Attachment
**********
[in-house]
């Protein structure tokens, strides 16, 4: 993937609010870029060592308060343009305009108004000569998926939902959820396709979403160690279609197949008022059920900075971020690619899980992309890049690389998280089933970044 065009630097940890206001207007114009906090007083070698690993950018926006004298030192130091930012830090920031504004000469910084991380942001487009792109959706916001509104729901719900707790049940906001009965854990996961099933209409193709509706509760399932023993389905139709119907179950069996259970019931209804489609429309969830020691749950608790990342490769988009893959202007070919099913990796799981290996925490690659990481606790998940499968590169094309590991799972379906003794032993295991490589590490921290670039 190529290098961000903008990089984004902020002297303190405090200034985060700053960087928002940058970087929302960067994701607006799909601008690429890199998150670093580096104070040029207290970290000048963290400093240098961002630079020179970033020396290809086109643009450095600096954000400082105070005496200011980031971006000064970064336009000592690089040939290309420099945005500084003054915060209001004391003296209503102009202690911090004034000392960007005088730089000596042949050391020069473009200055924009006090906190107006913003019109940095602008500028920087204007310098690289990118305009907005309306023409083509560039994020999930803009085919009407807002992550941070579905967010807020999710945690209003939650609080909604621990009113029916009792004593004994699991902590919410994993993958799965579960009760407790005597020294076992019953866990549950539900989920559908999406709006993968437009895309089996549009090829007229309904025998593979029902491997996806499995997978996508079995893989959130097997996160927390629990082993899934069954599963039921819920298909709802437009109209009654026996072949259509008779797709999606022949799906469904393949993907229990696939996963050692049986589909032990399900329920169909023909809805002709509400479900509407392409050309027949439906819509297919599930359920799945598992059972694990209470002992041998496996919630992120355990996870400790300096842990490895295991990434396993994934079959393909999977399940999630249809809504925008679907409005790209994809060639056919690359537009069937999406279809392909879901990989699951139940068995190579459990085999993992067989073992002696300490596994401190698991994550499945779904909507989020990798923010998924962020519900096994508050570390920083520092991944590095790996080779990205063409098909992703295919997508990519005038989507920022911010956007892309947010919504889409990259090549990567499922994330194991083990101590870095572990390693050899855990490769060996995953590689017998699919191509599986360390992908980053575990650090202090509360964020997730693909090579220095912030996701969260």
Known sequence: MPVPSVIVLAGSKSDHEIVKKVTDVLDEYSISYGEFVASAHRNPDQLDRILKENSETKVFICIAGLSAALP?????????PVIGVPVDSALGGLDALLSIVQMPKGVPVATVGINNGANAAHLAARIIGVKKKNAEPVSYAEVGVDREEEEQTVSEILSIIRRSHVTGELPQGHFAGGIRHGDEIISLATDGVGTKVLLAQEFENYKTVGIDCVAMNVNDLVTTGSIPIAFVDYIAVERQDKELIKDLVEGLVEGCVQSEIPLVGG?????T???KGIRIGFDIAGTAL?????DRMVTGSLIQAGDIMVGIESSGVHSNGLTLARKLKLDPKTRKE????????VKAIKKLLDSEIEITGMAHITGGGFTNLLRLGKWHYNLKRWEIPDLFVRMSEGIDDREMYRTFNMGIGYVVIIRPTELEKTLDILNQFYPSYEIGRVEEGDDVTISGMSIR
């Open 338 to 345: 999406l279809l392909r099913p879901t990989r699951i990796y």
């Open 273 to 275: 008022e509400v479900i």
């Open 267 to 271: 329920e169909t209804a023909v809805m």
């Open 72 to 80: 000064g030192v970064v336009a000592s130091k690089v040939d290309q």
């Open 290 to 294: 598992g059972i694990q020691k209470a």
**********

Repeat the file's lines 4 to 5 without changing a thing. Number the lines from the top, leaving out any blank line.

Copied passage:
């Open 338 to 345: 999406l279809l392909r099913p879901t990989r699951i990796y």
């Open 273 to 275: 008022e509400v479900i």